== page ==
I work for a pest control company because I hate bugs, spiders, critters and creepy crawlies. I’m totally okay with their demise. I say, Kill them dead! And then kill them again- just to be certain! When I’m faced with with them, I tend to get a little crazed. This brings us to a tick experience I had with my daughter.

At 5:30am my daughter, Jaide, asked me to look at something that was bothering her head during the night. After moving all of her hair out of the way I found that she had a TICK! {Shudder} Seriously? That little blood-sucker! How dare he invade my child! I was TICKED! I wanted it out of her, but I was nervous about whether I could do it. My husband told me his mom would light a match next to the tick and when it got hot enough it’d back out. That might work on an arm or leg but I didn’t think that putting flame that close to her long hair was in line with being a responsible parent. And honestly, I like her with hair. I’d heard of people taking them out with a pair of tweezers but I also knew that you have to be careful because their heads can detach and then you have another problem on your hands. And I’ll be honest. I didn’t know if I could be tugging on a tick without doing the heebie-jeebie dance. So, I did what any TICKed off parent would do; I asked the all knowing Google. The owner at Barrier Pest did a blog entitled “What Is The Best Way To Remove A Tick?” but I was too chicken to follow it. I figured it would spur the dance previously mentioned but I also hesitated because Google also told me about Lyme disease, Rocky Mountain Spotted Fever, Tularemia, and even bio-terrorism as well as a whole bunch of things NOT to do when attempting to remove it. By 5:45am I was freaked. I told my daughter we’d go to the doctor when the office opened at 8:00am and let him do it. I didn’t add “so I don’t inadvertently kill you.” I don’t know how but she went back to sleep. Not me, I kept checking the clock, brushing off imaginary ticks, checking the clock, checking my head, checking the clock, checking my skin, checking the clock, checking my bed, checking the clock…you get the picture. I could imagine it sucking her blood and again, it TICKed me off.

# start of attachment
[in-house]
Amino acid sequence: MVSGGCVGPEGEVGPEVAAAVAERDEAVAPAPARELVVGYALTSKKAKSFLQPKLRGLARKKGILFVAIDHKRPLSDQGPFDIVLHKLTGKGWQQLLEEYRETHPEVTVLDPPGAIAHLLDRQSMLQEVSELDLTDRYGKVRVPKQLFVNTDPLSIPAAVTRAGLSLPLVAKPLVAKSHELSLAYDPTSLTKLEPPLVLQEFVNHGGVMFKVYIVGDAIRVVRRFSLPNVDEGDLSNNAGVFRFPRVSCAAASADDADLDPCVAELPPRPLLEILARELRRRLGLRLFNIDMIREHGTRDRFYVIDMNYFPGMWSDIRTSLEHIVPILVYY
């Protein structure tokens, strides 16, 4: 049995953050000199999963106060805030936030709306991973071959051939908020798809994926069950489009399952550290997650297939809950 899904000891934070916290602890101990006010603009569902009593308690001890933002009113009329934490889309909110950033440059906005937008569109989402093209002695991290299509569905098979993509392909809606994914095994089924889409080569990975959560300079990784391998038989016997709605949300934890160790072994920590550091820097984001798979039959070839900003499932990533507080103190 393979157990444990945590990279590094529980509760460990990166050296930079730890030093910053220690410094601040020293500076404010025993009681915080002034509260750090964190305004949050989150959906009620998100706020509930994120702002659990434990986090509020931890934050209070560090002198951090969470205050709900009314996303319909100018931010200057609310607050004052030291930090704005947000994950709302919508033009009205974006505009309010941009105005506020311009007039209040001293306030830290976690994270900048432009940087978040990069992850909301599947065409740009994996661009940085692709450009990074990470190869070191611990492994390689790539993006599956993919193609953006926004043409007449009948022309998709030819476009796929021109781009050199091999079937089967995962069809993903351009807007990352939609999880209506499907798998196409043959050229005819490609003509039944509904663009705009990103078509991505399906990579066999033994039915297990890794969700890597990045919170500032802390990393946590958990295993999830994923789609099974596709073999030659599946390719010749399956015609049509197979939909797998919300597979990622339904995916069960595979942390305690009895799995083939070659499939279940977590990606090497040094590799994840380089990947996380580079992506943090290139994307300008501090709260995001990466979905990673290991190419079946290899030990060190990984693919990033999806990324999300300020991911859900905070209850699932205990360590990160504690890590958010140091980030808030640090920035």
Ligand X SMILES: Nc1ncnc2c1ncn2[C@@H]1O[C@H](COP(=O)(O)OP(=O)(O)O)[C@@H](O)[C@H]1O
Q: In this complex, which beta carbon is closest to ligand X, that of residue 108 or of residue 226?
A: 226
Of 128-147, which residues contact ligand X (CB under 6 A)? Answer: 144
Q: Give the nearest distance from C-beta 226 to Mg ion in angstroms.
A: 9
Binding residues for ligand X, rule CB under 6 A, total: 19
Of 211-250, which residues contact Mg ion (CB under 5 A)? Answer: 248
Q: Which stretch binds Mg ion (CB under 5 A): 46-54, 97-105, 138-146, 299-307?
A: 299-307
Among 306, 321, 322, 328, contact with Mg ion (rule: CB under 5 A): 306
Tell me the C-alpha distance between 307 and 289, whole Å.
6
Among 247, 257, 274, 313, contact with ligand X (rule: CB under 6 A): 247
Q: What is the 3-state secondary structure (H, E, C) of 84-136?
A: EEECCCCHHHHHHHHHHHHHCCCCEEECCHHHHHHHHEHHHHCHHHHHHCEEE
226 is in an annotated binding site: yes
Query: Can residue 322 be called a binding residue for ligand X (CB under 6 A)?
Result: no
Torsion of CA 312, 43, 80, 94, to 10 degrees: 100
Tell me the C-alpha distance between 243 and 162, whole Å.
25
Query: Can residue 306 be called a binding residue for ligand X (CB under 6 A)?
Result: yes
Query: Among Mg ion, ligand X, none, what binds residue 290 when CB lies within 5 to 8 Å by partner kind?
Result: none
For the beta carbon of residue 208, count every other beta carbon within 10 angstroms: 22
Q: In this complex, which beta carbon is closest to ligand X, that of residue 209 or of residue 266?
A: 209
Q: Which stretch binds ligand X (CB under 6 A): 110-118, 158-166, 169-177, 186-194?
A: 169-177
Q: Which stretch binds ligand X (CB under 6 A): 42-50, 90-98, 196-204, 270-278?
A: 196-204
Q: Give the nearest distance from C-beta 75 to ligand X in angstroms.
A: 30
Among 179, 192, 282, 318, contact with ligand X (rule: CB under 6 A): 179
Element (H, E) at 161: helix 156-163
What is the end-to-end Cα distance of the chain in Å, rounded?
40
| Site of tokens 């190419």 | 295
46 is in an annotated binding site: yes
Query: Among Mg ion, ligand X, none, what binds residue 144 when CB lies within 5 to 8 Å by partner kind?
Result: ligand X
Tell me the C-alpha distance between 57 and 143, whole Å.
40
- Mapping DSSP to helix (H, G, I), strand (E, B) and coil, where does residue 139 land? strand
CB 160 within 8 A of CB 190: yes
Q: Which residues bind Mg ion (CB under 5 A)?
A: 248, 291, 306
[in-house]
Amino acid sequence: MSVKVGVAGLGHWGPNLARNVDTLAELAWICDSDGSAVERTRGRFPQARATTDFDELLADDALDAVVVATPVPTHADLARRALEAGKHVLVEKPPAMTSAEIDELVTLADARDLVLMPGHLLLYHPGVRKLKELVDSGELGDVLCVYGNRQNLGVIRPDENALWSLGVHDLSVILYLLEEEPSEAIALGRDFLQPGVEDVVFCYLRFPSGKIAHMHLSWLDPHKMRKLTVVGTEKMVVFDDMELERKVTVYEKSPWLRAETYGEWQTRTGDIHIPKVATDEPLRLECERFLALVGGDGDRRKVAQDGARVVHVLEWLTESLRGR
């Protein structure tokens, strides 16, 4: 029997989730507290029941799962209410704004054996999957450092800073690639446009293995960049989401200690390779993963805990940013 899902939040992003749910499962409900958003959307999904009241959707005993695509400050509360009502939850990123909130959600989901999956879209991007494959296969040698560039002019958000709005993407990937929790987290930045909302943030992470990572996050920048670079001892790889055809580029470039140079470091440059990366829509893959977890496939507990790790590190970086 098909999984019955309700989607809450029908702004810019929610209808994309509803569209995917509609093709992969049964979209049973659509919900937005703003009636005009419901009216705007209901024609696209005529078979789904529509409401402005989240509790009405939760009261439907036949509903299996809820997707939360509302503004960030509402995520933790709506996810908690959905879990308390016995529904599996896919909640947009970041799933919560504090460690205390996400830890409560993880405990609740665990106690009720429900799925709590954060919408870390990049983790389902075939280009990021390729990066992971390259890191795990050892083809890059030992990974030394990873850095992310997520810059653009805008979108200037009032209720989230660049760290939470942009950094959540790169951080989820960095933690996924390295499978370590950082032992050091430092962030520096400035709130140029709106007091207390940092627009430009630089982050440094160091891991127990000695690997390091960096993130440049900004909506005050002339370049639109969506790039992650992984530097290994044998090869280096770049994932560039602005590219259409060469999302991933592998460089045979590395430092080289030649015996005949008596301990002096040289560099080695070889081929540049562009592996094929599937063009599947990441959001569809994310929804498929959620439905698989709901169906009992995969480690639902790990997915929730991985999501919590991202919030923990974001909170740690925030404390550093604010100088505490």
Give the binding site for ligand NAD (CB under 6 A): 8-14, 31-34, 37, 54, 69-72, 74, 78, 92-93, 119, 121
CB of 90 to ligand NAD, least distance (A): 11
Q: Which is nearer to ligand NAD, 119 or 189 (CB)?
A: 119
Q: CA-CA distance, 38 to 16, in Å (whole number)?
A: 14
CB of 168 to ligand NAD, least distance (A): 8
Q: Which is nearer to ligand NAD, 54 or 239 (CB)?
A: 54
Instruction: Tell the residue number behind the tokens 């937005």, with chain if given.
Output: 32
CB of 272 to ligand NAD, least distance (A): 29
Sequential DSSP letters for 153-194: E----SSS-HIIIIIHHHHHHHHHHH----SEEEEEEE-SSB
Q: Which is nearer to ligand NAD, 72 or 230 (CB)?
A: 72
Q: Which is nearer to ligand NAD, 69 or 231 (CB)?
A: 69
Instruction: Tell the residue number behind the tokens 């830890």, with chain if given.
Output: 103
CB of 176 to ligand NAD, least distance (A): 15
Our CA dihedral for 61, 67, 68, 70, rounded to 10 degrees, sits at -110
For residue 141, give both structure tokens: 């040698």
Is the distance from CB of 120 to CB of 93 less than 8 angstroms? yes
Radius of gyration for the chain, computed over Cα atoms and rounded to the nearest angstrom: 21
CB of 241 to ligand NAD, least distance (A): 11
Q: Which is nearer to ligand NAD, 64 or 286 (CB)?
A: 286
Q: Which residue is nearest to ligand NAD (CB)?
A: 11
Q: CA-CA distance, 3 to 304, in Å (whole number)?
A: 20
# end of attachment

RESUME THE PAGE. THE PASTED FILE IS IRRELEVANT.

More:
Finally, 8:00am crept along and it was time to see the doctor. It was one of the better experiences I’ve had at a doctor’s office. Our pediatrician was in and could see us then! When does that happen!? We only waited about 3 minutes. I kind of felt bad for the other 10-15 people in the waiting room, but not enough to give them our spot. After all, a living creature stuck in your head, sucking your blood seems more urgent than a sneeze, right? As much as it creeped me out, I thought it would be wise to watch the doc take this thing out of her head so I can do it in the future. I was in charge of holding the cup that he’d put the tick in after it was removed. I tried to ignore the crawly feeling on my back so I’d be a great example for my daughter. Unnecessary. She was unfazed. Interestingly enough, the doctor followed exactly, the same instructions on the Barrier Pest blog. He grabbed the body, near the head with a pair of tweezers and gently pulled. The tick’s legs started flailing, I tried to suppress the shivers and did pretty good, but one got away and the doc agreed, it’s a little unnerving. It didn’t matter how long he held on to that tick, it was stubborn. It wouldn’t budge. The doctor pulled harder but the tick kept a grip on Jaide’s skin. Finally, the doctor won! I held the cup out. The doctor quickly dropped in the tick (still holding a piece of Jaide’s skin) and I speedily popped the lid on and shoved it into the doctor’s hand, which startled him and he accidentally threw it at Jaide. She jumped off the table. We all laughed. Evidently, the doctor was a little heebie-jeebie’ish himself. (You are welcome Jaide, for the expeditious lid job.)

Since tick season is starting I thought I’d share Barrier Pest’s article, “WHAT IS THE BEST WAY TO REMOVE A TICK?” Unless you just want to pay a doctor. I may be a bit more confident next time. Maybe.

Written by Austin, Technician at Barrier Pest Control.

CC image courtesy of John Tann at Flickr